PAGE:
20 November 2017
Number of hours spent playing D&D on Twitch has doubled every year since 2015
If you’re a fan of playing Dungeons & Dragons, there’s a pretty good chance you’re also a fan of watching other people play the RPG online.
A new report has revealed the influence of online ‘liveplaying’ shows such as Critical Role, which feature a group of players (in the case of Critical Role, professional voice actors) streaming their campaign to thousands or even millions of people, on the audience for roleplaying games.
Dungeons & Dragons’ senior director Nathan Stewart told The Verge that more than half of the players introduced to Dungeons & Dragons through 2014’s Fifth Edition watched video of the game online before they picked up the RPG.
It’s little surprise, then, that the number of unique hours of Dungeons & Dragons gameplay streamed through Twitch has doubled every year since 2015 – in line with D&D’s profits, which were bigger than ever last year and are already on track to beat that figure in 2017.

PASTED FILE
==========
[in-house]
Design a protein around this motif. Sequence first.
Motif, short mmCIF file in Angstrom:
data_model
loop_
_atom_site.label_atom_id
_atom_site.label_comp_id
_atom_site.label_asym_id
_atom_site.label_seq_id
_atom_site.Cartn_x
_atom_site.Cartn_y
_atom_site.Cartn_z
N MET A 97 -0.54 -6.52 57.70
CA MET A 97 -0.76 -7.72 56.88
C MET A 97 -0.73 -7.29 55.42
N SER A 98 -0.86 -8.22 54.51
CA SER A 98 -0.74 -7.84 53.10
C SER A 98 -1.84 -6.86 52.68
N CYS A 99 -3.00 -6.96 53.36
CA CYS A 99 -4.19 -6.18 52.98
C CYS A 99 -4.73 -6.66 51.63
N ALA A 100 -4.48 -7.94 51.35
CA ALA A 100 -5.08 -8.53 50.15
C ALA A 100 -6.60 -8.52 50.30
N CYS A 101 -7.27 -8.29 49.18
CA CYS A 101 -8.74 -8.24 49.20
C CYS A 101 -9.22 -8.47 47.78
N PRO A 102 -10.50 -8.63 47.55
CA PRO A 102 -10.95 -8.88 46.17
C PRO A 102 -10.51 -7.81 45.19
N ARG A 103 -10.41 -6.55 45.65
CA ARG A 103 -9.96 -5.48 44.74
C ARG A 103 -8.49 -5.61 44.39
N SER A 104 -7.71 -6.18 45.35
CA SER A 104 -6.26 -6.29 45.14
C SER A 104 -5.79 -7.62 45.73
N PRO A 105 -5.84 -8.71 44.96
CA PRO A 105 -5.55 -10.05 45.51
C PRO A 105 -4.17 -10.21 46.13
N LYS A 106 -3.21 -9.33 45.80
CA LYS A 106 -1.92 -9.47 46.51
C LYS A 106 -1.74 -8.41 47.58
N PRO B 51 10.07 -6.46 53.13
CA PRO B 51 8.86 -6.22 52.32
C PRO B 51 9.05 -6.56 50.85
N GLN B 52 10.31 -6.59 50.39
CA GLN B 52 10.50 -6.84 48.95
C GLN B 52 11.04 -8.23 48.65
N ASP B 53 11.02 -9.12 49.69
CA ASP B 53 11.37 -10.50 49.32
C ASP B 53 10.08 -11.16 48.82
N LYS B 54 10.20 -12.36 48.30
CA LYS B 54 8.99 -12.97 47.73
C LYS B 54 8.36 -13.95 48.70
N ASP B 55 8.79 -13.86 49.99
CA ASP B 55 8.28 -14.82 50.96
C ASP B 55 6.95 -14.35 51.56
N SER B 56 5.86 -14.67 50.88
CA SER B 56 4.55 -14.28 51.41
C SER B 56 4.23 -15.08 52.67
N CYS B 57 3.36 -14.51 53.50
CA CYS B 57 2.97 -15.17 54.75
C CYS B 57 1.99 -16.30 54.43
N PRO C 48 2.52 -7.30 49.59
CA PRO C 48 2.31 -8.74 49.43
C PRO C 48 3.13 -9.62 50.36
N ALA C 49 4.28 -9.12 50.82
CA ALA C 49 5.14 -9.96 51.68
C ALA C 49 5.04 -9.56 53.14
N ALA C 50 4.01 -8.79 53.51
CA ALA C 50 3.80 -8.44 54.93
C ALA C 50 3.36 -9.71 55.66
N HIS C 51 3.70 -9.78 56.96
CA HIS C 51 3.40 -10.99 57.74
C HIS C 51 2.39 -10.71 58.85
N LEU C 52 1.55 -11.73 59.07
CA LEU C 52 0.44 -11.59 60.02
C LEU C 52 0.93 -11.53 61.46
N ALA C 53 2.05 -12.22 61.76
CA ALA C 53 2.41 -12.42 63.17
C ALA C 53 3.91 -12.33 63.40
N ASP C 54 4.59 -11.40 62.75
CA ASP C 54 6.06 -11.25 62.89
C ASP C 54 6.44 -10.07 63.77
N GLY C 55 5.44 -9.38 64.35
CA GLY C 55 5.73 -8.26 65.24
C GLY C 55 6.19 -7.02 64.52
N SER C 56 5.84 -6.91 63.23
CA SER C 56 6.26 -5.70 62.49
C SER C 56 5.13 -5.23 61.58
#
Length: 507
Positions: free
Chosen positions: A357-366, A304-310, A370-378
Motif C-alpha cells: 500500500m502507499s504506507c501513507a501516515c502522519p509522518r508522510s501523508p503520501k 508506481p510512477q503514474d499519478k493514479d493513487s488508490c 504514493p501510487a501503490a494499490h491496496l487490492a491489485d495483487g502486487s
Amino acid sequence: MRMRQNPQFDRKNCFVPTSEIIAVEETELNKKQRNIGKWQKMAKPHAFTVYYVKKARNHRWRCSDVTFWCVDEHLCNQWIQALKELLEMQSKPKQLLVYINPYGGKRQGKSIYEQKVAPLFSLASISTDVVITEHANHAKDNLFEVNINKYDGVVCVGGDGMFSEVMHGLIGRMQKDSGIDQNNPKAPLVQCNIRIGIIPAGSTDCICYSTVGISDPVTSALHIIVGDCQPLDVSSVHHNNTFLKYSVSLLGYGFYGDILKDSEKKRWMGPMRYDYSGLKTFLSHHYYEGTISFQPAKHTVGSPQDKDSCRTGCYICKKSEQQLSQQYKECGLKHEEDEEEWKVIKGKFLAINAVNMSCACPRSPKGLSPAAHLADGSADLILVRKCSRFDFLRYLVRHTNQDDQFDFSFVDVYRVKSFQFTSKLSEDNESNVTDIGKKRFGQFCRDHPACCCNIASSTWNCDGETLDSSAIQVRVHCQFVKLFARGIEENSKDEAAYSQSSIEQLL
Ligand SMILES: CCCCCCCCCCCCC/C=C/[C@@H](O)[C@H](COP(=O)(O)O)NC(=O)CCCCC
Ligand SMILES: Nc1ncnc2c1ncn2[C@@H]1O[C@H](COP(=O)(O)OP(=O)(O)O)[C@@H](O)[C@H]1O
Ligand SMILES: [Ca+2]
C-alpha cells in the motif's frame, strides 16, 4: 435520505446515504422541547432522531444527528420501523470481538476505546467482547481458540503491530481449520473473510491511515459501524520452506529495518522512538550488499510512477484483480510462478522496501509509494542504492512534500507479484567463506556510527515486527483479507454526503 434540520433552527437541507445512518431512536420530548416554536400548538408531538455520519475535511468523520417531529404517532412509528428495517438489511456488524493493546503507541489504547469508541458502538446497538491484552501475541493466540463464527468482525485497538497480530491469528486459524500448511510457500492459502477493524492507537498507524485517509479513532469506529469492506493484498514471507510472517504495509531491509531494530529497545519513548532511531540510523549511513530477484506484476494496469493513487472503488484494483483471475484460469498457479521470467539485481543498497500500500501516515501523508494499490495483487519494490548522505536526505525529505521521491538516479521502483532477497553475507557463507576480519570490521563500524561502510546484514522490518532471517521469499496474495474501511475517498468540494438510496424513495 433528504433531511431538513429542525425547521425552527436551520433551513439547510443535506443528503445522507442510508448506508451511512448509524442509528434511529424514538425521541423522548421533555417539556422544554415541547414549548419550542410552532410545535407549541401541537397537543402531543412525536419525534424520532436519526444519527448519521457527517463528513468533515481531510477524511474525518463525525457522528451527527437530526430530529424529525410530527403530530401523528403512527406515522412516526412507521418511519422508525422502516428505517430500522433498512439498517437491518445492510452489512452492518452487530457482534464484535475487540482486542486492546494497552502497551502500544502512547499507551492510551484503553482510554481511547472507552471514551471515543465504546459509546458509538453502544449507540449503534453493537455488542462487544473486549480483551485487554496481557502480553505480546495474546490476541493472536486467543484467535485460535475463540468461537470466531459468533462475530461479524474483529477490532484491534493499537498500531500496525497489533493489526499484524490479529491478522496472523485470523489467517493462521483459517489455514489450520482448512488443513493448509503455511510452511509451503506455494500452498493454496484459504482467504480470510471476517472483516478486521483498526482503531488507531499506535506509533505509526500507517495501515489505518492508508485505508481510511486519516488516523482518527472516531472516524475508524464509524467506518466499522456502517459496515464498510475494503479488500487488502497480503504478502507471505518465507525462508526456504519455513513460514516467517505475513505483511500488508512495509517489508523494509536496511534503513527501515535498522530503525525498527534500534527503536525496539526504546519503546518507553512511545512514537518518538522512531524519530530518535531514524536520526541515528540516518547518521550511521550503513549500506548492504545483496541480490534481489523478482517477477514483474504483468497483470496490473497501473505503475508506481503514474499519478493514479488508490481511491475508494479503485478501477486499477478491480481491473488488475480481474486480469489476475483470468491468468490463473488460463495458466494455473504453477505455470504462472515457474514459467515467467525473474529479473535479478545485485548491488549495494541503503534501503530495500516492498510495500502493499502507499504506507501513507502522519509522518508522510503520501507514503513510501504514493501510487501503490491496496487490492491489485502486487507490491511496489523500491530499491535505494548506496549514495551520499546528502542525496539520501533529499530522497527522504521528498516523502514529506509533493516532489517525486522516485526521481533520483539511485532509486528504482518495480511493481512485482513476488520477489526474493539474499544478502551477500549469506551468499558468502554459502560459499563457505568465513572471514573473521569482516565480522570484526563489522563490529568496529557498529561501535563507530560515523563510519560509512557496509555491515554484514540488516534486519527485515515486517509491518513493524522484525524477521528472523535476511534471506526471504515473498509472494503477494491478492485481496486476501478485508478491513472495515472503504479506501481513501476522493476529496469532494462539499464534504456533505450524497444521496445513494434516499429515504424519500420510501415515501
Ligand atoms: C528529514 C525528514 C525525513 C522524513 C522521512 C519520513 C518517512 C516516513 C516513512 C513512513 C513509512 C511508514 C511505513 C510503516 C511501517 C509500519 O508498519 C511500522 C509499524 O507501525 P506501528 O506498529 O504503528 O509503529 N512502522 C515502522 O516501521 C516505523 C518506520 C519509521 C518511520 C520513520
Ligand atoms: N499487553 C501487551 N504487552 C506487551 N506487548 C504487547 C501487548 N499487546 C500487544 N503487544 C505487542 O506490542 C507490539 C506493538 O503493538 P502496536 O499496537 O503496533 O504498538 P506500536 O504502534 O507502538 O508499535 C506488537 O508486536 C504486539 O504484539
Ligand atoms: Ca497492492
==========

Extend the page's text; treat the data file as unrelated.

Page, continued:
D&D publisher Wizards of the Coast is itself stepping up its streaming presence, increasing the number of shows it produces in-house or sponsors that cover the RPG from just two a year ago to a number closer to 20 today, accounting for more than 50 weekly hours of official video content.
As the Verge piece points out, D&D’s unstoppable rise comes on the back of the RPG re-entering the mainstream in a big way, partly thanks to its appearance in hugely popular Netflix show Stranger Things and in the work of Rick and Morty co-creator Dan Harmon, who came up with the idea for the weekly animated show HarmonQuest based on his campaign.
This has led to Critical Role’s three-hour pilot episode racking up more than five million views on YouTube – even more than the debut episode of Wil Wheaton’s TableTop, which has 2.8 million.